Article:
Another work from Ivanka’s collection, one of David Ostrowski’s “Relax/Outline Paintings” – just a coloured square around the edges of a white canvas – appeared prominently in her video “Find Your Iowa Caucus Location”, released last January when her father was still fighting for the nomination. Ostrowski’s painting was an appropriate prop for a Donald Trump campaign video because it has absolutely nothing to say. It is literally a blank canvas. Just as, in the 50s and 60s, Abstract Expressionism was promoted around the world by the CIA as an example of American freedom and creativity, so today’s abstract painting has been appropriated as a harmonious backdrop for conservative propaganda and desirable commodity for the one percent.
Commenting on a photograph of one of his soft pastel paintings hanging above Ivanka’s polished dining room table – in which it is reflected – Alex Israel wrote, “Please stand with artists and so many people around the world who believe that America means equality for all people,” which is sweet, but, surely the art world of today is founded upon a sort of cultural elitism and willingness to serve and entertain the ruling class rather than on principles of equality, and the Trumps are hardly worse than the countless other tyrants, warmongers, property tycoons, corrupt banks, oil companies, and multinationals that financially support it. If the most hated president in American history has closer family ties to contemporary art than any other president in the country’s history, what does this say about today’s art world?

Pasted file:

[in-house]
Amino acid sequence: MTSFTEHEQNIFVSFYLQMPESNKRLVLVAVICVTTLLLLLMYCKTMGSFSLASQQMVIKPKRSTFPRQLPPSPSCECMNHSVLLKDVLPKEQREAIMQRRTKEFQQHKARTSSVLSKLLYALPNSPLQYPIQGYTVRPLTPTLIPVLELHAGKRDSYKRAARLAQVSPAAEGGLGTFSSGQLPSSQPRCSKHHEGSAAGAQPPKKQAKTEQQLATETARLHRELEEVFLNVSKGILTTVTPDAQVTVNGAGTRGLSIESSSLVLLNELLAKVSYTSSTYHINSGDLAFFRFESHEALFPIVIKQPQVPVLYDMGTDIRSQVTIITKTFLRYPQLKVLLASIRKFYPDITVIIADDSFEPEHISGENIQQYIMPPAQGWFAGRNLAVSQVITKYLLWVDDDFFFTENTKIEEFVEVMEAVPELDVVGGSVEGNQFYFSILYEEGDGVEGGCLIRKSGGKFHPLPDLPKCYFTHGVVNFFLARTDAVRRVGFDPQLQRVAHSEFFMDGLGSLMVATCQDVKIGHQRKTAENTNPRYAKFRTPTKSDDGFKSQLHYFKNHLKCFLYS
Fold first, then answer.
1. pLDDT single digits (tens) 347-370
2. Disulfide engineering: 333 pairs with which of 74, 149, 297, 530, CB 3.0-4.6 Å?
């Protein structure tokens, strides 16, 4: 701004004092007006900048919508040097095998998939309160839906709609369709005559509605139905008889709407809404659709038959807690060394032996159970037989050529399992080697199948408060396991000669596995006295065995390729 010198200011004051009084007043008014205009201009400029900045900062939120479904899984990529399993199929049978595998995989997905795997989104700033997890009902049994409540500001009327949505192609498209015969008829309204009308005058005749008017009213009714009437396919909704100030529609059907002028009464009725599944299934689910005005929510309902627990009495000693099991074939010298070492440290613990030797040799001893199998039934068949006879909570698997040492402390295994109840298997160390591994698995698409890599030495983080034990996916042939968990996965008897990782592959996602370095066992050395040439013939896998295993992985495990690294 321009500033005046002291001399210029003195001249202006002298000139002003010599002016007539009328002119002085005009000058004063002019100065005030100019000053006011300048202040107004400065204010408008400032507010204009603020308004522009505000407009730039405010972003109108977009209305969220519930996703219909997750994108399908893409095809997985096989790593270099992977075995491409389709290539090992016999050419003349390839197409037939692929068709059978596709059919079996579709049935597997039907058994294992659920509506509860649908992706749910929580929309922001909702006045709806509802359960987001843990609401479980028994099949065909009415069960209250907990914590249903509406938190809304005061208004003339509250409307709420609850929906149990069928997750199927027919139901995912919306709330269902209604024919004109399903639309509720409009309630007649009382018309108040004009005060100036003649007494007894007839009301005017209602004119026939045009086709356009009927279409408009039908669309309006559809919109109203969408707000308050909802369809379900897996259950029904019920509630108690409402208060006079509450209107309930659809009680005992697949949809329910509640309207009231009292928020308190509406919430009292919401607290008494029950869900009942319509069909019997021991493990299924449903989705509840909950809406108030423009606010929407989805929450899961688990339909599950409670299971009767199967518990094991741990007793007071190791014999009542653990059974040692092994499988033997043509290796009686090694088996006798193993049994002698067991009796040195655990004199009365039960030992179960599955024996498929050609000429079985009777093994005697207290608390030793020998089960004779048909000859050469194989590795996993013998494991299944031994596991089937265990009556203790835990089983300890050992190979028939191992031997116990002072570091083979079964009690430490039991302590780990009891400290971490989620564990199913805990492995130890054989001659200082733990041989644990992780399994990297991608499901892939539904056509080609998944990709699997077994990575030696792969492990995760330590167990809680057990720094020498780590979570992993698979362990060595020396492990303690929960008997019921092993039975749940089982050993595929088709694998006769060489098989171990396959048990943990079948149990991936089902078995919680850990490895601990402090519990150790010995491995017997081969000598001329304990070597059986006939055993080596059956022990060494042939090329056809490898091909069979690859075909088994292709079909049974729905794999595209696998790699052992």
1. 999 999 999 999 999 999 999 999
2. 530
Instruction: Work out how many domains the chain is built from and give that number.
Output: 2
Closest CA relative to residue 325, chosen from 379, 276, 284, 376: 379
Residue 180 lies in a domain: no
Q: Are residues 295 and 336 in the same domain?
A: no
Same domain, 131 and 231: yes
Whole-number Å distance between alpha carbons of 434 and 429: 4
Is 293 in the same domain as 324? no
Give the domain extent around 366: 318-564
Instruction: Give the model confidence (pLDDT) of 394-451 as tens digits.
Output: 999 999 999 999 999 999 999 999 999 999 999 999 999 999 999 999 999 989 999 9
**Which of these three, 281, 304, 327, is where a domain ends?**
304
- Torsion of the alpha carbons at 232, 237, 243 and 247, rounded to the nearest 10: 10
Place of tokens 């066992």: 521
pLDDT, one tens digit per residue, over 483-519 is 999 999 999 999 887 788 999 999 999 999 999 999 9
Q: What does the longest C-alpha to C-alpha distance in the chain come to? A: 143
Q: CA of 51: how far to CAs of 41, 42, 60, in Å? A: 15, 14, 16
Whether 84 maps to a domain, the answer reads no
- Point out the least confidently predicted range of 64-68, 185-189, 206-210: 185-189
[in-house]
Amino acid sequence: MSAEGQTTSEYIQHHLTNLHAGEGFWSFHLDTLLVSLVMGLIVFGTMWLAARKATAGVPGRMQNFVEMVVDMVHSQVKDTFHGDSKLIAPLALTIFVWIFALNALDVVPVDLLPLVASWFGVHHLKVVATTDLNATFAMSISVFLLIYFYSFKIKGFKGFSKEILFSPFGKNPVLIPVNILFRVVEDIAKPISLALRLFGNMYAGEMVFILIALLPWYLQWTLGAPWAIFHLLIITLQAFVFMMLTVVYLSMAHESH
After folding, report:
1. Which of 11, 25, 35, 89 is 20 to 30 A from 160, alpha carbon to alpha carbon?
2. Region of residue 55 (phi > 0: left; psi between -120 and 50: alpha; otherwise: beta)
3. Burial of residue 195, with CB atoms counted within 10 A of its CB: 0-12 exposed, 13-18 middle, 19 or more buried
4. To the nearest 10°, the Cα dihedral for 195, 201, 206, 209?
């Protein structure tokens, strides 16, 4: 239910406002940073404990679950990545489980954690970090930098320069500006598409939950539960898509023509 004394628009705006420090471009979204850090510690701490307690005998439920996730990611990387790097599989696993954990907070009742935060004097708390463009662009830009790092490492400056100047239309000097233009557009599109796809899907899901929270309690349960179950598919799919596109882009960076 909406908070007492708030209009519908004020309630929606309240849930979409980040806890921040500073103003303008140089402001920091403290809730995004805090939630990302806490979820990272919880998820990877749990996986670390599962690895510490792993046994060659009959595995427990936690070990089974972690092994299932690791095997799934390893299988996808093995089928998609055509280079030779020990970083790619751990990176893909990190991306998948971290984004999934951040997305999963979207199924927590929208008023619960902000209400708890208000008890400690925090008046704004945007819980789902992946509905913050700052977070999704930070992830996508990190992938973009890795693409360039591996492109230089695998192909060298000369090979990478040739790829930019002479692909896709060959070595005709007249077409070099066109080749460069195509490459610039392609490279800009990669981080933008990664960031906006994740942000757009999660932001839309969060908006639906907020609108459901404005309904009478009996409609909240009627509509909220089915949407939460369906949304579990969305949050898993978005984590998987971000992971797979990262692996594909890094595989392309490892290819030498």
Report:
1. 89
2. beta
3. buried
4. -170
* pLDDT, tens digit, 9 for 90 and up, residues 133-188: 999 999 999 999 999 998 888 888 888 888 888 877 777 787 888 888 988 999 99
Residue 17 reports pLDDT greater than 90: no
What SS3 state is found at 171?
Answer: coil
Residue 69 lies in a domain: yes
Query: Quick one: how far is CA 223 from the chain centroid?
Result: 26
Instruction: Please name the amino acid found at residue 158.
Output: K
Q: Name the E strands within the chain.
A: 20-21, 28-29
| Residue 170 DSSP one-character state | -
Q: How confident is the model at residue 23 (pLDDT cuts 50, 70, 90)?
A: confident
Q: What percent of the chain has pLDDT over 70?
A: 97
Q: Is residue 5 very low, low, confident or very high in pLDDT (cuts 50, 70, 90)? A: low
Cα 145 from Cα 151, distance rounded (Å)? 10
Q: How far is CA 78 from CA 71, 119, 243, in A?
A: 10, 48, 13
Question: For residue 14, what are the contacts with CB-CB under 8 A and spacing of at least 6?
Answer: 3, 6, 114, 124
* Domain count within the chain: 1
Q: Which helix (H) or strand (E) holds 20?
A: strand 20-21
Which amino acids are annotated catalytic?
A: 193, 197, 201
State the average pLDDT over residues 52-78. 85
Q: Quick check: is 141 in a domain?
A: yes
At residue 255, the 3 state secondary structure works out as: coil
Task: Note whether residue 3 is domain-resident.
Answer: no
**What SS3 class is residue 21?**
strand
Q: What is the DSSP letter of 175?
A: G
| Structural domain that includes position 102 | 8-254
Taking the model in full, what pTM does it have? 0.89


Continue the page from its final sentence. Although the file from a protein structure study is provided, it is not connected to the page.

And will Ivanka Trump save us from hell? In thinking about this question, I was reminded of Alex Israel and Bret Easton Ellis’s show of collaborative paintings at Gagosian Beverly Hills last year, in which, over a photograph of black palms blowing in the wind at dusk, were typed the words, “He still thought he could change the world. just a little less now.”
DEAN KISSICK is a writer based in Oxford.